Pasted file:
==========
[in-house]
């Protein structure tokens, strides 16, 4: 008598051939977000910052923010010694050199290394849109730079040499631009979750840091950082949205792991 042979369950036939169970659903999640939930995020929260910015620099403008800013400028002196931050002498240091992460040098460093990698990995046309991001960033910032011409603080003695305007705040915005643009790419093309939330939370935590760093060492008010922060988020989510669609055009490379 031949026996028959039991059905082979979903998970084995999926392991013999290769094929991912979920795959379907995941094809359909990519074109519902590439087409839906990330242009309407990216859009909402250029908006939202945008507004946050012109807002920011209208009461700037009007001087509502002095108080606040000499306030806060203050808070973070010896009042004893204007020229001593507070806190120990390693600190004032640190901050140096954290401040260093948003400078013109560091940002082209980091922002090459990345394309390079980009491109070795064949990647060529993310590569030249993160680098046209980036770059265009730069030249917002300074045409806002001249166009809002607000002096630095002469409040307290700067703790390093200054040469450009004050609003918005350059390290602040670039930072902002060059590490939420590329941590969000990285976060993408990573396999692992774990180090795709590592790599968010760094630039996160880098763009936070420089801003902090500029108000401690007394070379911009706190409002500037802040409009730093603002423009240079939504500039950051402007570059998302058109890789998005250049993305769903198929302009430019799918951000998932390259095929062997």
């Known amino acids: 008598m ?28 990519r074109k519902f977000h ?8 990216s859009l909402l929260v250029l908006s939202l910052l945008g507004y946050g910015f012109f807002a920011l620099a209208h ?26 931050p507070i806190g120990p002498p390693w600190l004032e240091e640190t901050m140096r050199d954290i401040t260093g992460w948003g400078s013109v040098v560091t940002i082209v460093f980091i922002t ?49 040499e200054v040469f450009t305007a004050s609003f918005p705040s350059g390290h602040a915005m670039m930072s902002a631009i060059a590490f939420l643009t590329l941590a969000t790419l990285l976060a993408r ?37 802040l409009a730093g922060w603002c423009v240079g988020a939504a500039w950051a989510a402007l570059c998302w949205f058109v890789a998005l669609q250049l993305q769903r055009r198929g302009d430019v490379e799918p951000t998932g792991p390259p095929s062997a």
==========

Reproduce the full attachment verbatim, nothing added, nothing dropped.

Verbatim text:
[in-house]
């Protein structure tokens, strides 16, 4: 008598051939977000910052923010010694050199290394849109730079040499631009979750840091950082949205792991 042979369950036939169970659903999640939930995020929260910015620099403008800013400028002196931050002498240091992460040098460093990698990995046309991001960033910032011409603080003695305007705040915005643009790419093309939330939370935590760093060492008010922060988020989510669609055009490379 031949026996028959039991059905082979979903998970084995999926392991013999290769094929991912979920795959379907995941094809359909990519074109519902590439087409839906990330242009309407990216859009909402250029908006939202945008507004946050012109807002920011209208009461700037009007001087509502002095108080606040000499306030806060203050808070973070010896009042004893204007020229001593507070806190120990390693600190004032640190901050140096954290401040260093948003400078013109560091940002082209980091922002090459990345394309390079980009491109070795064949990647060529993310590569030249993160680098046209980036770059265009730069030249917002300074045409806002001249166009809002607000002096630095002469409040307290700067703790390093200054040469450009004050609003918005350059390290602040670039930072902002060059590490939420590329941590969000990285976060993408990573396999692992774990180090795709590592790599968010760094630039996160880098763009936070420089801003902090500029108000401690007394070379911009706190409002500037802040409009730093603002423009240079939504500039950051402007570059998302058109890789998005250049993305769903198929302009430019799918951000998932390259095929062997």
């Known amino acids: 008598m ?28 990519r074109k519902f977000h ?8 990216s859009l909402l929260v250029l908006s939202l910052l945008g507004y946050g910015f012109f807002a920011l620099a209208h ?26 931050p507070i806190g120990p002498p390693w600190l004032e240091e640190t901050m140096r050199d954290i401040t260093g992460w948003g400078s013109v040098v560091t940002i082209v460093f980091i922002t ?49 040499e200054v040469f450009t305007a004050s609003f918005p705040s350059g390290h602040a915005m670039m930072s902002a631009i060059a590490f939420l643009t590329l941590a969000t790419l990285l976060a993408r ?37 802040l409009a730093g922060w603002c423009v240079g988020a939504a500039w950051a989510a402007l570059c998302w949205f058109v890789a998005l669609q250049l993305q769903r055009r198929g302009d430019v490379e799918p951000t998932g792991p390259p095929s062997a």